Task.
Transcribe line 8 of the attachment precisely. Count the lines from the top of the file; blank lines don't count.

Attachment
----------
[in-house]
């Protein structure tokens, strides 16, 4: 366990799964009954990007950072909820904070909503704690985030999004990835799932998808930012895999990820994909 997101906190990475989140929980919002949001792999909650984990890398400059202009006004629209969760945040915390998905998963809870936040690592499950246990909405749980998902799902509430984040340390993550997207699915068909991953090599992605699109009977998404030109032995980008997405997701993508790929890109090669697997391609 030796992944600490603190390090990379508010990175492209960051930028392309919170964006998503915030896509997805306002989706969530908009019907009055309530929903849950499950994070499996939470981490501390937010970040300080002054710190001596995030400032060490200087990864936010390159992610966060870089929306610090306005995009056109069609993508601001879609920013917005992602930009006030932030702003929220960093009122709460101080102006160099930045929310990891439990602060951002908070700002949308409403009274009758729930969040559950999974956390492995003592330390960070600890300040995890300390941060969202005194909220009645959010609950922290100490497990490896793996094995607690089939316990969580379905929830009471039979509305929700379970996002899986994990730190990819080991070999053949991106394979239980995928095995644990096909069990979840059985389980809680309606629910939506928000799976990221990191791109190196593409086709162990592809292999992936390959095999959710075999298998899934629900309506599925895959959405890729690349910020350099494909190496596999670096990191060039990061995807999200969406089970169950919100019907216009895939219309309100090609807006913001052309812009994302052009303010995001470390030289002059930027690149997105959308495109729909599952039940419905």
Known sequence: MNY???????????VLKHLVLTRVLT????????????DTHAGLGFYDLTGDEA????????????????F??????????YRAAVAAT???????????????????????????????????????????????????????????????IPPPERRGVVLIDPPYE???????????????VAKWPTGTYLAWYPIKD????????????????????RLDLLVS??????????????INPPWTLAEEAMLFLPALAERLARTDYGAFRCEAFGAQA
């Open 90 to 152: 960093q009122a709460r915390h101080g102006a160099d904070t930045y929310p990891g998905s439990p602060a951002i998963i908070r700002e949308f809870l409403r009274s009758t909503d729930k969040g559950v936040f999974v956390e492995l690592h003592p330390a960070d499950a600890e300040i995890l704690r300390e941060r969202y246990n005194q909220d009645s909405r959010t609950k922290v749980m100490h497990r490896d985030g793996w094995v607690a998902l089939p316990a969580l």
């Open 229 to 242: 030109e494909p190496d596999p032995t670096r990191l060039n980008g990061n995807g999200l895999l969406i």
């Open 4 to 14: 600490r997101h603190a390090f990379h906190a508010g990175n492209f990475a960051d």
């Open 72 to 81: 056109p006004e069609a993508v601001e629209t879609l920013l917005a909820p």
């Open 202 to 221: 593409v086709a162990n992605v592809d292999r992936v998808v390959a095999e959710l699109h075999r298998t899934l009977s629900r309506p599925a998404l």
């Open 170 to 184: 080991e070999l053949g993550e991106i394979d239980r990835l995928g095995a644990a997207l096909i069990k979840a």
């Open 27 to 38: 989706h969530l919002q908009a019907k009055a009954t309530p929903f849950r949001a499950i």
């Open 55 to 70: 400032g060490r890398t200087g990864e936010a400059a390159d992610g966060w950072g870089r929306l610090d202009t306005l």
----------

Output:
């Open 202 to 221: 593409v086709a162990n992605v592809d292999r992936v998808v390959a095999e959710l699109h075999r298998t899934l009977s629900r309506p599925a998404l």